Taylor and Ally Moreland began Moreland Seed and Soil after graduating from the University of Missouri. Since the start of the COVID-19 pandemic, they’ve been perfecting their drone skills and understanding of drones to share with their customers.
“Our goal really is to provide a brand new tool to farmers where they can aerial apply granular liquid products by themselves on their own, on their own farm,” Taylor Moreland says.
Besides chemical applications, Taylor Moreland is sharing drone advantages with his customers who are planting cover crops to slow erosion and improve soil health.
While drone technology is still fairly new to North America, overseas farming operations, especially in Asia, have been using them for decades.
Arthur Erickson, the co-founder and CEO of Hylio Agrodrone headquartered in the Houston, Texas, area, believes drones are a game-changer.
“Due to the abundance of rice paddies in Asia, it actually makes a lot of sense because that’s wet terrain and it’s much better serviced by flying drone vehicles vs. terrestrial tractor vehicles,” he says. “The drones are interesting because not only can they do what’s traditionally done better, cheaper, faster, with less labor and more automated, but they’re also unlocking a whole new way to approach farming that previously wasn’t available.”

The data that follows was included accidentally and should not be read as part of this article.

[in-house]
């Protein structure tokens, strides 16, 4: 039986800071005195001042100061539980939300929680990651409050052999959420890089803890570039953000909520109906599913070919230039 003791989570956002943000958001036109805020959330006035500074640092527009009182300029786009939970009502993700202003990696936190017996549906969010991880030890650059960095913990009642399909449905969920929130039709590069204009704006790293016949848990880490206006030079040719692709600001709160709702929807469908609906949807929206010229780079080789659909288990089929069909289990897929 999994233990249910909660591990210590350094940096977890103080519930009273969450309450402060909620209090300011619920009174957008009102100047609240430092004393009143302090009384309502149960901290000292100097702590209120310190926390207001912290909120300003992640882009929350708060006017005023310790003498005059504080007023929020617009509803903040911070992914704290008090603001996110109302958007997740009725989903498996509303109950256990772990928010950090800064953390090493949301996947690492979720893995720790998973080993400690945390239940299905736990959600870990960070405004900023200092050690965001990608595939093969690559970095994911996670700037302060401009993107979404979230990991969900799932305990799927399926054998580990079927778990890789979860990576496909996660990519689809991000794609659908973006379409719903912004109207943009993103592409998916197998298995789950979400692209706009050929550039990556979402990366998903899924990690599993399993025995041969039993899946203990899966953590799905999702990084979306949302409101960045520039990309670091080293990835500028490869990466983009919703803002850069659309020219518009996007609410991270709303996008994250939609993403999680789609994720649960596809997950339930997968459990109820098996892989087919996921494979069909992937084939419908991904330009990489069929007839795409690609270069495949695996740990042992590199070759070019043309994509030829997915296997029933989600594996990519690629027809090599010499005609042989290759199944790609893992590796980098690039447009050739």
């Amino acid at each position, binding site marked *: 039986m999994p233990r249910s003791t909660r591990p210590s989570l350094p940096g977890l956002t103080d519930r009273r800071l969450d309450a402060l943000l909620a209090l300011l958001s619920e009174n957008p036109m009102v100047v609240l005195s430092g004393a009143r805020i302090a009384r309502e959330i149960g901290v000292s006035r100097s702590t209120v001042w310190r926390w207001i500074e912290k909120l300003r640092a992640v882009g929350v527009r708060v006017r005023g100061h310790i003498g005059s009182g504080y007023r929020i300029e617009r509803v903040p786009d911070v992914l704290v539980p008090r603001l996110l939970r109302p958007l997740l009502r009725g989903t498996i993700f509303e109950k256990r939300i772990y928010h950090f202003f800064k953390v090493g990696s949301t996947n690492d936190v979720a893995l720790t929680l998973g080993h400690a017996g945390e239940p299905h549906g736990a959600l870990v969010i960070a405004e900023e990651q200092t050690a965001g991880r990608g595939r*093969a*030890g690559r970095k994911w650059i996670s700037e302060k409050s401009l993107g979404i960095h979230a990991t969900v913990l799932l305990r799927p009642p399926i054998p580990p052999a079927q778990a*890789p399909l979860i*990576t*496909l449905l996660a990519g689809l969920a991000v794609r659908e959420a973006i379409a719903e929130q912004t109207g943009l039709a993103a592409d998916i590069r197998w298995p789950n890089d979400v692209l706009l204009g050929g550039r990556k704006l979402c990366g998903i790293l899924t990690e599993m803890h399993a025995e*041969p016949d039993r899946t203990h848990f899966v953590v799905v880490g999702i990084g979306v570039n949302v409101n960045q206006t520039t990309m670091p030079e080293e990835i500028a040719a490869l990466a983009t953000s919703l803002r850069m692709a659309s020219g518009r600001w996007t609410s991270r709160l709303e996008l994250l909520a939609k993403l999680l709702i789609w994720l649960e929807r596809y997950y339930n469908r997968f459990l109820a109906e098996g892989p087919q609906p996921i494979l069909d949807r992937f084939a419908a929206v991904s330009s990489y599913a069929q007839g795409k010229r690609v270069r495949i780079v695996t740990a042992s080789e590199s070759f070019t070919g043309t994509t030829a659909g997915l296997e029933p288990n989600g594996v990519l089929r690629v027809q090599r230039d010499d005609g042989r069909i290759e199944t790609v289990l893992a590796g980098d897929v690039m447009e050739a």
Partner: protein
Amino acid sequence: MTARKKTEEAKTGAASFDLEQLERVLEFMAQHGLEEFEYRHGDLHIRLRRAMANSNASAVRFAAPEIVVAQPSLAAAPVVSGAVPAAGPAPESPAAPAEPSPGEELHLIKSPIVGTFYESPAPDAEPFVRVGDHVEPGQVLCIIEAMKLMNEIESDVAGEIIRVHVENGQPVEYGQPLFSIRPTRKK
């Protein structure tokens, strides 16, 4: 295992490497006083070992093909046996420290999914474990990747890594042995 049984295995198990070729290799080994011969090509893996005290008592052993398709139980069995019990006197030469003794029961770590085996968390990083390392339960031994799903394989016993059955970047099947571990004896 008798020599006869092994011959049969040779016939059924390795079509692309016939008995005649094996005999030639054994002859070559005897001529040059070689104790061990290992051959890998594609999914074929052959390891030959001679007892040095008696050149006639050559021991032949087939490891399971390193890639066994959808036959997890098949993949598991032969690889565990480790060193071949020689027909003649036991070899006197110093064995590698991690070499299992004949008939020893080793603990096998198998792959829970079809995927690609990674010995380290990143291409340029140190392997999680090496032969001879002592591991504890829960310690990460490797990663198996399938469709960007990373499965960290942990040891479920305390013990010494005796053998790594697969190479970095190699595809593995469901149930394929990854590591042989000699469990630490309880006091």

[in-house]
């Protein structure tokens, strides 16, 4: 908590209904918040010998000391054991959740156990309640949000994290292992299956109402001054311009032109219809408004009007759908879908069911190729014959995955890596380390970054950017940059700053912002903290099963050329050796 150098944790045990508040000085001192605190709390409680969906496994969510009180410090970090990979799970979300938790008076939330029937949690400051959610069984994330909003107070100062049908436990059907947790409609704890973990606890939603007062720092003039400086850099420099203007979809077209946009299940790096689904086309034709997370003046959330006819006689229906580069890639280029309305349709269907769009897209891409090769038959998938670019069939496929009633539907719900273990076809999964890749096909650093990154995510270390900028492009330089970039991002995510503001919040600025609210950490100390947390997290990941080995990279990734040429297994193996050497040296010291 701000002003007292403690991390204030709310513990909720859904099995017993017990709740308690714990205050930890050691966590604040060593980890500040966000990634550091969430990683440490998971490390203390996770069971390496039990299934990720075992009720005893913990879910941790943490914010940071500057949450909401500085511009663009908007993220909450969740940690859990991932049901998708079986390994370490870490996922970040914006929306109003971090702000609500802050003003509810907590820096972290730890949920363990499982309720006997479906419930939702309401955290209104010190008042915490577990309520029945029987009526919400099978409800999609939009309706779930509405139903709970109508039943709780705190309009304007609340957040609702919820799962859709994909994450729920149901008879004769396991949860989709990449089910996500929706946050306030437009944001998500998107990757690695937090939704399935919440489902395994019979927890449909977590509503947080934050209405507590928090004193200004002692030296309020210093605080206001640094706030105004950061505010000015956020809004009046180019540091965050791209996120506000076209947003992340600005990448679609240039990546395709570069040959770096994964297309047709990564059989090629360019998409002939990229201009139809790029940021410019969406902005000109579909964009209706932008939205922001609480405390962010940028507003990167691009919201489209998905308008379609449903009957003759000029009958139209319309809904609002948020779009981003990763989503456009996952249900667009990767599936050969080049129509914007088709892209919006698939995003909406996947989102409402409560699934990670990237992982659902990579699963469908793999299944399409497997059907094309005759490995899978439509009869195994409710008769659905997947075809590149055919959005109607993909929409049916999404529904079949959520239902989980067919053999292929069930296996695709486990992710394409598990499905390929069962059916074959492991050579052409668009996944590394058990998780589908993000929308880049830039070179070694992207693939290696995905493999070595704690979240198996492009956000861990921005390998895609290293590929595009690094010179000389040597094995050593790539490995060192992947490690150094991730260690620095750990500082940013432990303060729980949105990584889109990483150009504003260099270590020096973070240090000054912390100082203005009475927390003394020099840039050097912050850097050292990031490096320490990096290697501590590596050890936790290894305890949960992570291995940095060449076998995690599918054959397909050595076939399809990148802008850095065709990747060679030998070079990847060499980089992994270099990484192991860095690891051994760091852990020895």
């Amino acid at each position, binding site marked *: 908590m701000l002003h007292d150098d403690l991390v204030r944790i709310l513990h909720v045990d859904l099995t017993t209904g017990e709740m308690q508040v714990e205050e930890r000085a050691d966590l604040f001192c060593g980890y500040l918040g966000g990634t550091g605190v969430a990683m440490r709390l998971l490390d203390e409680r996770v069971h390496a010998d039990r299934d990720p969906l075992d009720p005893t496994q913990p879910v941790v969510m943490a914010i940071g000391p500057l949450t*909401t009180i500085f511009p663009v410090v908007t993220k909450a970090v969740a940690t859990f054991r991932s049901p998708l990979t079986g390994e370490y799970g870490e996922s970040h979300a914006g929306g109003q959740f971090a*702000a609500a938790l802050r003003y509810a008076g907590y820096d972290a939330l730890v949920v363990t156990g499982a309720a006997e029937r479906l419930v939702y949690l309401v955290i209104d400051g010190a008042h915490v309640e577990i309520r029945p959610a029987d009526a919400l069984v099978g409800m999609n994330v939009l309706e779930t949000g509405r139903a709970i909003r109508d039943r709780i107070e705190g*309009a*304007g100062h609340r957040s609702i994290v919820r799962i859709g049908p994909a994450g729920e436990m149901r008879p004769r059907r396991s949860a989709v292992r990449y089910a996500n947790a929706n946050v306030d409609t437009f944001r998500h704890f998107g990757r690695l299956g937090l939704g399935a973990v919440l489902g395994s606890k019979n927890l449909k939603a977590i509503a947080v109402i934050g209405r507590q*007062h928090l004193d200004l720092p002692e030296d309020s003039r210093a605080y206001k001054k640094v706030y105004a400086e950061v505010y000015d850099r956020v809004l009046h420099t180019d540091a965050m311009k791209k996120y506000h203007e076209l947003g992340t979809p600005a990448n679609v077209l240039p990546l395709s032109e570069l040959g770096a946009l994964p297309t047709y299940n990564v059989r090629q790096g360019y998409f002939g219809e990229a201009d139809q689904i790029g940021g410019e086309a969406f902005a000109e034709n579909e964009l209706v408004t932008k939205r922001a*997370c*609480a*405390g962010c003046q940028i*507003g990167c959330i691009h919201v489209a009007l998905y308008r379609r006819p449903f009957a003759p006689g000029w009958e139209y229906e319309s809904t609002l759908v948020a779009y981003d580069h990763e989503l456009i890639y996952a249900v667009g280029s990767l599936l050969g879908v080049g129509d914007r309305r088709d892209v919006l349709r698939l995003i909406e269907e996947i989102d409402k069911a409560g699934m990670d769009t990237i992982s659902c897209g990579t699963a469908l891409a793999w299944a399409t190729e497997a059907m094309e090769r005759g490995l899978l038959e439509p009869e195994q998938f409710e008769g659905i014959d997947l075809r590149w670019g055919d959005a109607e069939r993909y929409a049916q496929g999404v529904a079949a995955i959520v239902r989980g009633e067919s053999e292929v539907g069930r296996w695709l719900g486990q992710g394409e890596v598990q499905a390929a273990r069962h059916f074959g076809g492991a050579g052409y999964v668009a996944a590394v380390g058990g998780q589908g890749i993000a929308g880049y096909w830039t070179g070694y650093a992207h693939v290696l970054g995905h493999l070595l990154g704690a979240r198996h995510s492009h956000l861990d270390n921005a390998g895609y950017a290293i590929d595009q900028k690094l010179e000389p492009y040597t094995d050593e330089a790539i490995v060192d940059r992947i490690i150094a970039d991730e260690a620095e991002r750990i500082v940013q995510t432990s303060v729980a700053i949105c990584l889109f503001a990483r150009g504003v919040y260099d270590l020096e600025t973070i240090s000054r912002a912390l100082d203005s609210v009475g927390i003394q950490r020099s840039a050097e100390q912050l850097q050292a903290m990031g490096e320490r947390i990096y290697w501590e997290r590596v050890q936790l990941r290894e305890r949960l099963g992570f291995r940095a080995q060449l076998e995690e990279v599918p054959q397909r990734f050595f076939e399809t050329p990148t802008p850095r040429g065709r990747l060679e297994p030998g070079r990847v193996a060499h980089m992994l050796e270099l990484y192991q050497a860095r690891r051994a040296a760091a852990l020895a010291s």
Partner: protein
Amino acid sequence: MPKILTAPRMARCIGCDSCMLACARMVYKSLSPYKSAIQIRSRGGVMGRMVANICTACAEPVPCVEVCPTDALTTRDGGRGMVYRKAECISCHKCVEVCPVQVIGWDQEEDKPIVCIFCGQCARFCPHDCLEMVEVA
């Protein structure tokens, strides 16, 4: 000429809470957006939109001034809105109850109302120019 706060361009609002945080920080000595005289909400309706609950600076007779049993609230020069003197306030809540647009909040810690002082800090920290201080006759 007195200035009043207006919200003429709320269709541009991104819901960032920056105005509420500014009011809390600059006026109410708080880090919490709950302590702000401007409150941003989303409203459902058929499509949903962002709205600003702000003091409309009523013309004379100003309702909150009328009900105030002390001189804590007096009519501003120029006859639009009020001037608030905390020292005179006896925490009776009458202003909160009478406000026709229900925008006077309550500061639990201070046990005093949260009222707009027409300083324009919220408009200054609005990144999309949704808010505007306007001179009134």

A recently released analysis by the market research firm Sheer Analytics and Insights estimates agricultural drones will be a $6.5 billion industry within 10 years as farmers look to deal with labor shortages and shifting trends toward vegetarianism.
Erickson hopes for further adoption North America.
“The idea [is] you’re going to start having these drones going out on their own — they’re charging themselves, they’re refilling themselves, and they’re scanning these fields and making decisions in real-time and solving them before even you have to get involved,” he says. “That’s going to be the future of this technology in the next 2-3 years.”
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